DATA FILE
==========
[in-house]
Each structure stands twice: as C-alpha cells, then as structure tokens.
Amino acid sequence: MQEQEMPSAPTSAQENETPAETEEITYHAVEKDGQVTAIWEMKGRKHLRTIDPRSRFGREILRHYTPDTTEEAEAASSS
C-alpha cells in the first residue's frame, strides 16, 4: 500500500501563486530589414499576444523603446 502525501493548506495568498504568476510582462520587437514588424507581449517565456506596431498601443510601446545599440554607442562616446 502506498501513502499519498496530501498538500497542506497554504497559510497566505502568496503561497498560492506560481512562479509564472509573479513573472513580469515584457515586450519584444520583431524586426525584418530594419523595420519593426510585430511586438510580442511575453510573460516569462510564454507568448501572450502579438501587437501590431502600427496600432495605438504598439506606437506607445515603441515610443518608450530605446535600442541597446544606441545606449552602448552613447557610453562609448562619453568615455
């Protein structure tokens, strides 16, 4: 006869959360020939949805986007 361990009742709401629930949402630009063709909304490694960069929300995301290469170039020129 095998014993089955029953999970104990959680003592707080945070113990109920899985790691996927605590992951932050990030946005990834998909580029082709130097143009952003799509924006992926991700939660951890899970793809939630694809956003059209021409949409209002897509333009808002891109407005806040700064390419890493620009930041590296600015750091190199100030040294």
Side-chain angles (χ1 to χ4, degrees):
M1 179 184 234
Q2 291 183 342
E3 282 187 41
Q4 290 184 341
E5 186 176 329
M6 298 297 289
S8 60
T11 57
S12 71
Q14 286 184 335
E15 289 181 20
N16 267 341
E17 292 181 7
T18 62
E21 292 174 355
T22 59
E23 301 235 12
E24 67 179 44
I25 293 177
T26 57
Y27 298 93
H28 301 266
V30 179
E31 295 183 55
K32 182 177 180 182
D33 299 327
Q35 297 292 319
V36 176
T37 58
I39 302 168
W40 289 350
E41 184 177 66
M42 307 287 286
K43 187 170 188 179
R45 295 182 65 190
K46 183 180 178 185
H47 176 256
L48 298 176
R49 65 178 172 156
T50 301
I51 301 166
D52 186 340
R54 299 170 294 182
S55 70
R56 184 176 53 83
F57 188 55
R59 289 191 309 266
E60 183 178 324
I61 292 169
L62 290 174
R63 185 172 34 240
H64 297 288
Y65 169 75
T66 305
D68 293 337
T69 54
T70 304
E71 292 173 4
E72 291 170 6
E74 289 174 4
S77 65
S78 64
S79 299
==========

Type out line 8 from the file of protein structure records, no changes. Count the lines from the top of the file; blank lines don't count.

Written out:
Q2 291 183 342